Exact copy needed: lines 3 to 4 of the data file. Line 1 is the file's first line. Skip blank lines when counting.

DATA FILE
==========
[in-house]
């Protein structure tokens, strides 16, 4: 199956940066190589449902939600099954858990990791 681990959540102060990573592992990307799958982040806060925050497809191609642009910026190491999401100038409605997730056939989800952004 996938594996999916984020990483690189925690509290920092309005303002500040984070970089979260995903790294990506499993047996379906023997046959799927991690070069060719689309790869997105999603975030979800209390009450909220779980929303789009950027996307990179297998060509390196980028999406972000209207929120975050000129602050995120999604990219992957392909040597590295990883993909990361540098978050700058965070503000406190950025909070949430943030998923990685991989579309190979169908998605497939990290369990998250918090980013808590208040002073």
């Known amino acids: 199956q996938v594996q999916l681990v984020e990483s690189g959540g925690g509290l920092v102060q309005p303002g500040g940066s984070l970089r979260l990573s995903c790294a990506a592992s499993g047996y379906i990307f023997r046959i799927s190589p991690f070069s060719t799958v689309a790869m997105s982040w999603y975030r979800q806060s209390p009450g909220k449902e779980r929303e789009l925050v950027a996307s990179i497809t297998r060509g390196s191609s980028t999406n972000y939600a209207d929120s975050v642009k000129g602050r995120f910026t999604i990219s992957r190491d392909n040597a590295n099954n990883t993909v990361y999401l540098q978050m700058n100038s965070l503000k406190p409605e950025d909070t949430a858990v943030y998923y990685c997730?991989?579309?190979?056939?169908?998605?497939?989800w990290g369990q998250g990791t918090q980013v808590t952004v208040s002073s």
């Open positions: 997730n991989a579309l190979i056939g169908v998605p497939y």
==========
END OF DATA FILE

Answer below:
């Known amino acids: 199956q996938v594996q999916l681990v984020e990483s690189g959540g925690g509290l920092v102060q309005p303002g500040g940066s984070l970089r979260l990573s995903c790294a990506a592992s499993g047996y379906i990307f023997r046959i799927s190589p991690f070069s060719t799958v689309a790869m997105s982040w999603y975030r979800q806060s209390p009450g909220k449902e779980r929303e789009l925050v950027a996307s990179i497809t297998r060509g390196s191609s980028t999406n972000y939600a209207d929120s975050v642009k000129g602050r995120f910026t999604i990219s992957r190491d392909n040597a590295n099954n990883t993909v990361y999401l540098q978050m700058n100038s965070l503000k406190p409605e950025d909070t949430a858990v943030y998923y990685c997730?991989?579309?190979?056939?169908?998605?497939?989800w990290g369990q998250g990791t918090q980013v808590t952004v208040s002073s």
């Open positions: 997730n991989a579309l190979i056939g169908v998605p497939y």